Bunker Mentality at Zeldin’s Office

Written by Steve Lupo and posted on FB (reprinted here with permission).

I visited Zeldin’s Patchogue office today with several other concerned citizens.

I went upstairs and walked into the office alone. A woman behind the desk was on the phone. Her voice sounded like Terri’s. When she hung up I asked her if she was Terri, she said yes and I introduce myself as Steven Lupo. She responded that she received my email and voicemail from last night and had logged in the comments. I thanked her.

The phones were ringing off the hook. I could see people manning the phones in the back room.

She asked me if there was something she could help me with. I informed her I wanted to know the face behind the voice. And wanted to show her something. I pulled out my phone and showed her the picture of my daughter on the day she was born. My daughter was born prematurely. I informed her that when it comes to our kids, Lee Zeldin and I have something in common. We both love our daughters deeply and I have compassion for what he went through when his girls were born. (His daughter needed brain surgery.)

I informed her that my daughter was born prematurely because my wife had a difficult pregnancy. My wife had many medical issues after her birth. We had many challenges and fears for the first six months of my daughter’s life. But the one thing I never worried about was going broke because I had fairly good health insurance. And that’s why I’m here, shouldn’t everyone have the same peace of mind Lee Zeldin and I had?

As I mentioned, the phone were ringing off the hook, and she picked up a phone call. I heard her tell someone that pre-existing conditions coverage was not eliminated from the Trumpcare bill. The person on the other end of the line clearly took her to task. She was talking on the phone when a woman came to the front desk and started staring at me. Finally, she asked if I needed help? I said no. I just wanted to talk to Terri for another minute. I asked her her name and she just glared at me. Finally, she said Melinda or Melanie, actually, I’ve forgotten.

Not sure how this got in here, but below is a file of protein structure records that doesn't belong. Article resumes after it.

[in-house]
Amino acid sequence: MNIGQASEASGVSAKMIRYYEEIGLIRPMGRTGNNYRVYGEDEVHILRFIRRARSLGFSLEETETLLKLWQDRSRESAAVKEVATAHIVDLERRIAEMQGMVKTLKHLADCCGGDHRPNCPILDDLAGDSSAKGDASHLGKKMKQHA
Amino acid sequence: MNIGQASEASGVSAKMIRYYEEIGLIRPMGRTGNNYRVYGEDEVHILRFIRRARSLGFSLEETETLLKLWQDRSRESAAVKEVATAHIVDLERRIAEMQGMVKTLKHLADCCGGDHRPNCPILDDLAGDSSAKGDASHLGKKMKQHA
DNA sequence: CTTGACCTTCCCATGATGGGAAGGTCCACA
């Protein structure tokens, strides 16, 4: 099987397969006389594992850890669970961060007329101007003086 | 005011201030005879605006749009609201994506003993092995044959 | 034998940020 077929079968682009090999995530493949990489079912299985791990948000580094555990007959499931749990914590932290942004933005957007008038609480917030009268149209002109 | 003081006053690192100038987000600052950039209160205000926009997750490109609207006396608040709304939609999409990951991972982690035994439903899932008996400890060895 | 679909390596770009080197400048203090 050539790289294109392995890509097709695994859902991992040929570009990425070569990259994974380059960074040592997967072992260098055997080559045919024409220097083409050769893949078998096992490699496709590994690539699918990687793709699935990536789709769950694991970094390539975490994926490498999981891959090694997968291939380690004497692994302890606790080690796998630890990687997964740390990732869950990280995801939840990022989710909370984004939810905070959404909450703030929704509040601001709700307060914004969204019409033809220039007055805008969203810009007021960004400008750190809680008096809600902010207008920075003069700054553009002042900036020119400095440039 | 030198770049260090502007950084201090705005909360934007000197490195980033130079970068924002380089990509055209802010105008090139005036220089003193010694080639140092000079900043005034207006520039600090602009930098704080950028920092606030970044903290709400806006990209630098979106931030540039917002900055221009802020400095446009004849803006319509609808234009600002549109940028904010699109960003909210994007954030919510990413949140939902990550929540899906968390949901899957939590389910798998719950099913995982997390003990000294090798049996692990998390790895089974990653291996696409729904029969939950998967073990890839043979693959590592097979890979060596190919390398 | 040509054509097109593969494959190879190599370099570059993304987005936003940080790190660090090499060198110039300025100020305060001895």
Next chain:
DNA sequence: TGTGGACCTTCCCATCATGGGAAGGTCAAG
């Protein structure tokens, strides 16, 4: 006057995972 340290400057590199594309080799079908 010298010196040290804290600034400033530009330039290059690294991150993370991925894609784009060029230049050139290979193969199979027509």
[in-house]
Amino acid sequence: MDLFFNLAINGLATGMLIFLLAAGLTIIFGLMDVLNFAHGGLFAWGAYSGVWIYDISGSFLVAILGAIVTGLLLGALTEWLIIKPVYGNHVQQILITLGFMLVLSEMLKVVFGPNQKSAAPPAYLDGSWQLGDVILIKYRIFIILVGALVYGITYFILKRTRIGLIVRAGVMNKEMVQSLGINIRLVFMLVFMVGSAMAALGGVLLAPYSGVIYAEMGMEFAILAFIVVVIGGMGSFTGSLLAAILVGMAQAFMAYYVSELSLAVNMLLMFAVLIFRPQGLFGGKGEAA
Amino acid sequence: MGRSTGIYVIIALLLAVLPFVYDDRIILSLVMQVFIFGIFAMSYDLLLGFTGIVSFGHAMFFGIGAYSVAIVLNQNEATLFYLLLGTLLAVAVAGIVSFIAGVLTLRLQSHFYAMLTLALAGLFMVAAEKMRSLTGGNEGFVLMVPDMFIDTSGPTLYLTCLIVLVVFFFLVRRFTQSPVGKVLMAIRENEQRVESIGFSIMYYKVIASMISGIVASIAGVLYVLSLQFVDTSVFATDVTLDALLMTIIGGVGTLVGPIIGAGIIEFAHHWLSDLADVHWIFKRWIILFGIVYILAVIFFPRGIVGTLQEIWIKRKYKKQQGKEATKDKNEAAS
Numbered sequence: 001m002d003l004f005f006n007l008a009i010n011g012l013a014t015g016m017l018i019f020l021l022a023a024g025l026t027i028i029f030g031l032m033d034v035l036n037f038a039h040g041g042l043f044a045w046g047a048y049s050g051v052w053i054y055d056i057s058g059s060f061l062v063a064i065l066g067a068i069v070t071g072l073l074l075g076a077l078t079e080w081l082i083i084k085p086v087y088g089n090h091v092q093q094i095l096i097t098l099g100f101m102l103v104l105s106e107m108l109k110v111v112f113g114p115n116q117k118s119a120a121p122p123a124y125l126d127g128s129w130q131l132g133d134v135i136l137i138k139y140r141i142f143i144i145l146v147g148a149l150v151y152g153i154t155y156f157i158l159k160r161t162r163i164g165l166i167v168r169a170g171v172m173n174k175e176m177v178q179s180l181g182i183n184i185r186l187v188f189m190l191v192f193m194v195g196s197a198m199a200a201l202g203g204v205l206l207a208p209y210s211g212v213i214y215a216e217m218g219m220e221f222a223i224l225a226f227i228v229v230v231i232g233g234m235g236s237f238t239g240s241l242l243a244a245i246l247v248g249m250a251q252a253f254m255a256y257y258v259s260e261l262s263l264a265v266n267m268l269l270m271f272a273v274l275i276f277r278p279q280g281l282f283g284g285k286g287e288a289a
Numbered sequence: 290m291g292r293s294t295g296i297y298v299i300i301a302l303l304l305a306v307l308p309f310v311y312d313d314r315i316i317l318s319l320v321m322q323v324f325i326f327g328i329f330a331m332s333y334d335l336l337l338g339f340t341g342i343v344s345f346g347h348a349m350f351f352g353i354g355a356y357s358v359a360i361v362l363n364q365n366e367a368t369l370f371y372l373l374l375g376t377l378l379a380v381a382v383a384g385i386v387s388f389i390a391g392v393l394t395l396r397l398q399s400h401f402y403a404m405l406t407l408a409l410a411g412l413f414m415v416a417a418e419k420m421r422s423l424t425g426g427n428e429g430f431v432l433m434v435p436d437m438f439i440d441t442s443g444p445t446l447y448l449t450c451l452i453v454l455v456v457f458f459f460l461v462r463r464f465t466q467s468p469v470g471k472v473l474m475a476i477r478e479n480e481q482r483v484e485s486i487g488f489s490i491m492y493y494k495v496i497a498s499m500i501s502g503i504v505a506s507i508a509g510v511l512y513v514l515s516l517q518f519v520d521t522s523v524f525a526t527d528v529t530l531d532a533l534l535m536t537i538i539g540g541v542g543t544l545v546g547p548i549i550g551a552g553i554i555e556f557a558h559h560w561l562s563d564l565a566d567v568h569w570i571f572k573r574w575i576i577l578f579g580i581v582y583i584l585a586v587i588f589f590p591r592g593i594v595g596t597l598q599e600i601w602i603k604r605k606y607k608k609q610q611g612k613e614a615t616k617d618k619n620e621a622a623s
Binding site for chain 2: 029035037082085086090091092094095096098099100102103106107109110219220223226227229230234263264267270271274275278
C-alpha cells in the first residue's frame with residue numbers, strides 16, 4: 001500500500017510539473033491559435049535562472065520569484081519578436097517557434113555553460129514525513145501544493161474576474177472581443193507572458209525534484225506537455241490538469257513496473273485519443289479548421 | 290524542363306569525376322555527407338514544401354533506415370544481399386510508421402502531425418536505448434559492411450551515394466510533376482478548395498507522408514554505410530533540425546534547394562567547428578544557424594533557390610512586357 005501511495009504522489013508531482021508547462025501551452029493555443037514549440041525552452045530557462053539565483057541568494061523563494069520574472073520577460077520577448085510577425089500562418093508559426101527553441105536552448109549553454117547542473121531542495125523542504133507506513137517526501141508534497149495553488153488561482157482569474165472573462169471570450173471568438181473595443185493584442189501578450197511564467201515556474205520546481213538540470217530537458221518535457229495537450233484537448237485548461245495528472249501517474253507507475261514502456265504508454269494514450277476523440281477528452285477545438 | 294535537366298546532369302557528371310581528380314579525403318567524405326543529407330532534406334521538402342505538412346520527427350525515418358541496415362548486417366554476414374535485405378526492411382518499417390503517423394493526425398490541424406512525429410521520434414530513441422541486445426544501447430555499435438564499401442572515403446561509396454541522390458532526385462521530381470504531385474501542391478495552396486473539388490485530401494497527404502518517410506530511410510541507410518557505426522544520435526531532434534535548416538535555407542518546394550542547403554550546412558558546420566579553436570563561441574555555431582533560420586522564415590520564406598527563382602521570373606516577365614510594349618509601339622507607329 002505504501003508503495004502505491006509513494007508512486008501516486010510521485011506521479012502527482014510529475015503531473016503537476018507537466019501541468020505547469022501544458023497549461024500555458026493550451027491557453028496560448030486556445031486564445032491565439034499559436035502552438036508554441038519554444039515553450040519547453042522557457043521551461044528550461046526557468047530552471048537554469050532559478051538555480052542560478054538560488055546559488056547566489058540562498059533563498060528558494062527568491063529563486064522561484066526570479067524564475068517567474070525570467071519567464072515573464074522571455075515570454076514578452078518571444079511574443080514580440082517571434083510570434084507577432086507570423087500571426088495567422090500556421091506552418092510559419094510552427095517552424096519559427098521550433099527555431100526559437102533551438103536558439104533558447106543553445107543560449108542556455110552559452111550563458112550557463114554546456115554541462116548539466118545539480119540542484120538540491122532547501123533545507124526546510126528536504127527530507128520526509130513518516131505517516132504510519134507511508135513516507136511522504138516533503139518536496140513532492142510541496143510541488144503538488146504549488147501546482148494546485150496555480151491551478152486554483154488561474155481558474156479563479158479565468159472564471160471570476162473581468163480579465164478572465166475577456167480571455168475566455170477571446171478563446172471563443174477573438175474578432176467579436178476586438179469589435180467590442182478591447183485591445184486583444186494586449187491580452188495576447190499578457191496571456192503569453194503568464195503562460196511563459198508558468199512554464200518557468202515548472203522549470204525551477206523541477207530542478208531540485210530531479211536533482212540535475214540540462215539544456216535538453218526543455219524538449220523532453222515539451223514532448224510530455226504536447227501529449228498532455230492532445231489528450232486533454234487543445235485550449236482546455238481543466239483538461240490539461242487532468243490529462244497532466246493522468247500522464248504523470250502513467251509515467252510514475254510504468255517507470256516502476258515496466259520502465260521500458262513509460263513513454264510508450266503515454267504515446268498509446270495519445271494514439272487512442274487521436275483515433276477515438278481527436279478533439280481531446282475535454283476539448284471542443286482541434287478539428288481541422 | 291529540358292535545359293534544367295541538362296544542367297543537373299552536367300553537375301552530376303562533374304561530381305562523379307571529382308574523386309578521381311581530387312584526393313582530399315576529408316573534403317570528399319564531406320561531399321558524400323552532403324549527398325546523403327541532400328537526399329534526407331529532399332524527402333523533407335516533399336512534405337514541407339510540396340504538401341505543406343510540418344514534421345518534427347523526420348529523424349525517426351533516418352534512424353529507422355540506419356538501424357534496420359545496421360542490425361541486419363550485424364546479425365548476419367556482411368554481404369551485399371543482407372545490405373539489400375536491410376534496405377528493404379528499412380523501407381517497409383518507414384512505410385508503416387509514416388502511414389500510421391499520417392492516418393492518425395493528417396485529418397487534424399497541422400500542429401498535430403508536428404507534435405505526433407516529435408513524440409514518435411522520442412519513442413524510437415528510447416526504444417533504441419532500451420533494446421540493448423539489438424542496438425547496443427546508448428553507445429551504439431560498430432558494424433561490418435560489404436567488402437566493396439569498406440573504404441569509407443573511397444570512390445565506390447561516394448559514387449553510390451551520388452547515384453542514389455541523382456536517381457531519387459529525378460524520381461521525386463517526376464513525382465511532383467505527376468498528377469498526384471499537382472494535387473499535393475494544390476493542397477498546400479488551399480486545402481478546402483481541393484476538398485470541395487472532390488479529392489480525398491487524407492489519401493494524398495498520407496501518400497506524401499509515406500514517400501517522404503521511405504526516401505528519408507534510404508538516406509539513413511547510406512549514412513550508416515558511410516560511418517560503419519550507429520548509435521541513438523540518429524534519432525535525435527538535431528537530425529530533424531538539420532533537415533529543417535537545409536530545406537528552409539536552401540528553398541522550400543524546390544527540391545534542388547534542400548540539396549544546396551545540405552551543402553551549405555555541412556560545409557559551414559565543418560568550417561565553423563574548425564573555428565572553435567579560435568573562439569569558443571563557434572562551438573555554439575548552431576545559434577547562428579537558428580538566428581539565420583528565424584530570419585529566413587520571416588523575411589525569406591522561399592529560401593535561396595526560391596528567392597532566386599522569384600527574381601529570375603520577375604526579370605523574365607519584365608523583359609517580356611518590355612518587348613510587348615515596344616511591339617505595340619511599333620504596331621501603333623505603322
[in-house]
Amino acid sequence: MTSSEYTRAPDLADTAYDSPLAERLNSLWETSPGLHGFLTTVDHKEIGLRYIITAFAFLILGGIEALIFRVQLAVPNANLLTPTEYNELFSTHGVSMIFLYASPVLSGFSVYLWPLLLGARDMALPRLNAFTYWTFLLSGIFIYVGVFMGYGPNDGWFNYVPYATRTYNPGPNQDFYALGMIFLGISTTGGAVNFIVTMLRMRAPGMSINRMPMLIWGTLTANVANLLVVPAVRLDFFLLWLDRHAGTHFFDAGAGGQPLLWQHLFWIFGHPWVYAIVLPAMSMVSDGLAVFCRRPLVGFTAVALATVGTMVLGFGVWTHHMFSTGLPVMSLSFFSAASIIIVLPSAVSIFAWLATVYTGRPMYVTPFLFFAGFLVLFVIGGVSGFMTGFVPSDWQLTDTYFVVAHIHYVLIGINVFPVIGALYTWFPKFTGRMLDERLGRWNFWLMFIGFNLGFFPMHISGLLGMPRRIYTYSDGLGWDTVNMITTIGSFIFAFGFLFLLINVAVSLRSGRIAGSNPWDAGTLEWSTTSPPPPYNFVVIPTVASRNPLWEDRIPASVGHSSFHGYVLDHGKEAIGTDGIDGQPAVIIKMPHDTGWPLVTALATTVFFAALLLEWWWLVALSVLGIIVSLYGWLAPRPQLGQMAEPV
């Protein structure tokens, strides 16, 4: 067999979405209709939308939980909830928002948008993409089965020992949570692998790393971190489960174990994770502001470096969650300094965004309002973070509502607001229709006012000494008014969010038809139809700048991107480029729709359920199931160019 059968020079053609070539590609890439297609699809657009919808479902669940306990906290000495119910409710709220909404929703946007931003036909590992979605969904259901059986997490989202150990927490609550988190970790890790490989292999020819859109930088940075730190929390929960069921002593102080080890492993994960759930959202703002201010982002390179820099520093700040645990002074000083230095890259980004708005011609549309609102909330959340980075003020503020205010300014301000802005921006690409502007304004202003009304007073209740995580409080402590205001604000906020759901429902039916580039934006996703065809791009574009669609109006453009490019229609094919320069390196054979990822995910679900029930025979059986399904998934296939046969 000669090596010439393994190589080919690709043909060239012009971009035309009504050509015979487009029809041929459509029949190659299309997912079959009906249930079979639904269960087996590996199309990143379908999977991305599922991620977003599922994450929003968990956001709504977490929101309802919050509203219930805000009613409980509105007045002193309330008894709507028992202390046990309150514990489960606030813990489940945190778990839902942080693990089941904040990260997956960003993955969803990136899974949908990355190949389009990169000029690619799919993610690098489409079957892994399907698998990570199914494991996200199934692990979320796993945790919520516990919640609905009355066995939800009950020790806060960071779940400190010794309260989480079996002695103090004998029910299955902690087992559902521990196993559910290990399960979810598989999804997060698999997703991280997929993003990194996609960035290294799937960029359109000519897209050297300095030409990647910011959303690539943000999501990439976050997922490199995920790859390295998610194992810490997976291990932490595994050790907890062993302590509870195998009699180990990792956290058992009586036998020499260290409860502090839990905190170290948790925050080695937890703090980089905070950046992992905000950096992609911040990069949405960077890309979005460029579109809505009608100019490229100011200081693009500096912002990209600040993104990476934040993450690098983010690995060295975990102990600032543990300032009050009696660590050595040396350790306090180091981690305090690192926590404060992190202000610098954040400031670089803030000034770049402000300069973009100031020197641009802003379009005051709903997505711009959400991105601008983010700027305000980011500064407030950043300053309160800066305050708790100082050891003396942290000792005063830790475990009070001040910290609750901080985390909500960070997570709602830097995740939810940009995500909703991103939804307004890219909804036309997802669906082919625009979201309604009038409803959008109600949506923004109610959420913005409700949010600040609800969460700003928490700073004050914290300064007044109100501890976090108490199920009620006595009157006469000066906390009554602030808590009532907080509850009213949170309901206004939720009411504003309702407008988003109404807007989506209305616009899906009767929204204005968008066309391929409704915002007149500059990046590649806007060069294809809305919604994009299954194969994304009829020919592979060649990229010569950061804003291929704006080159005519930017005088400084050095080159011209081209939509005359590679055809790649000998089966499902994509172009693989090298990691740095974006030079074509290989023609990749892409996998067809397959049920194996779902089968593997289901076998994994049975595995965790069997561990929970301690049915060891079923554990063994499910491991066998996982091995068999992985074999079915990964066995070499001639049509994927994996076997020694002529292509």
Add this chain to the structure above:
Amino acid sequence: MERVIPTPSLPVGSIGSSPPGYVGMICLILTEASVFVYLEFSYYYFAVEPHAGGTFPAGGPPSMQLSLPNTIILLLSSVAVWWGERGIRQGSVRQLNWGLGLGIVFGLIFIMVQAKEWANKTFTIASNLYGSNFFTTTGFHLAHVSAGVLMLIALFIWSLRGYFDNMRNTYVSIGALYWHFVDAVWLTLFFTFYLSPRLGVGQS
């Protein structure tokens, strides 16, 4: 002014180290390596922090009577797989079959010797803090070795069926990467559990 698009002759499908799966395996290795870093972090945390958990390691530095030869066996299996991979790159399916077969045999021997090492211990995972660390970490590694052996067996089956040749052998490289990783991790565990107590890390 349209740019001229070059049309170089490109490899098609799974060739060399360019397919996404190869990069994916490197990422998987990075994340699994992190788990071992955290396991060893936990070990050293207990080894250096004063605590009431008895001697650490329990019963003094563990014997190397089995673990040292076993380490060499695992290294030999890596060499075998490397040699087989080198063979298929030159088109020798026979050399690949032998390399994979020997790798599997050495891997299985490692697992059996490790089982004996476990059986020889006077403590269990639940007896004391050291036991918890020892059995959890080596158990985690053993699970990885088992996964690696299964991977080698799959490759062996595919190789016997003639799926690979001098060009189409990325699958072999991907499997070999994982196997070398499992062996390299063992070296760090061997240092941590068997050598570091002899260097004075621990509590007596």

Terry hung up on the person (I guess for being rude to her). I told her she never hung up on me. I tried to finish my message and she attempted to pick up a line and I’m not really sure exactly what happened but she seemed flustered. She stood up and looked upset. I asked did I say something wrong? She said no and walked into the back office.

Then Bill Doyle came out and asked if I needed help? I said no I’m just talking to Terri, thank you. Then he starts glaring at me. I asked him did I do something wrong? And Terri appeared again. I asked her again, Terri did I do something wrong? She said no. Then she added, I was trying to tell you I’m too busy to talk. I responded, Terri you may have been trying, but you never actually said that. She looked a little surprised by my response. Bill asked again if I needed help again? I said no thank you.

Knowing Bill Boyle, like I do, I knew speaking to him would probably not end civilly. So I thanked them for their time and walked out.

It was only after I left that I started to think how bizarre this encounter was.

No one in the office made me feel welcome.

If I had called Terri on the phone, would she have been this rude? What is the difference between my calling the office and my stopping in to leave a comment?

It is apparent to me now that I’ve met Terri, as nice as she is on the phone —it’s phony.

I understand she’s under a lot of pressure. Having to defend her bosses unconscionable policies must be nerve-racking. But that’s the job.

The three Zeldin employees I met today all seemed paranoid. They all seemed wound up like springs.

The only way I could describe how it felt in there was they seemed to have a bunker mentality.

They really don’t want to hear from any of us. It has become quite apparent to me, none of them could care less.

If anyone passes this on to Terri, tell her I say hello and I meant no harm.

My little treasures first day in this world. 14 days in NICU:


About D. Posnett MD

Emeritus Prof. of Medicine, Weill Cornell Medical College
This entry was posted in AHCA, Uncategorized, Zeldin and tagged . Bookmark the permalink.

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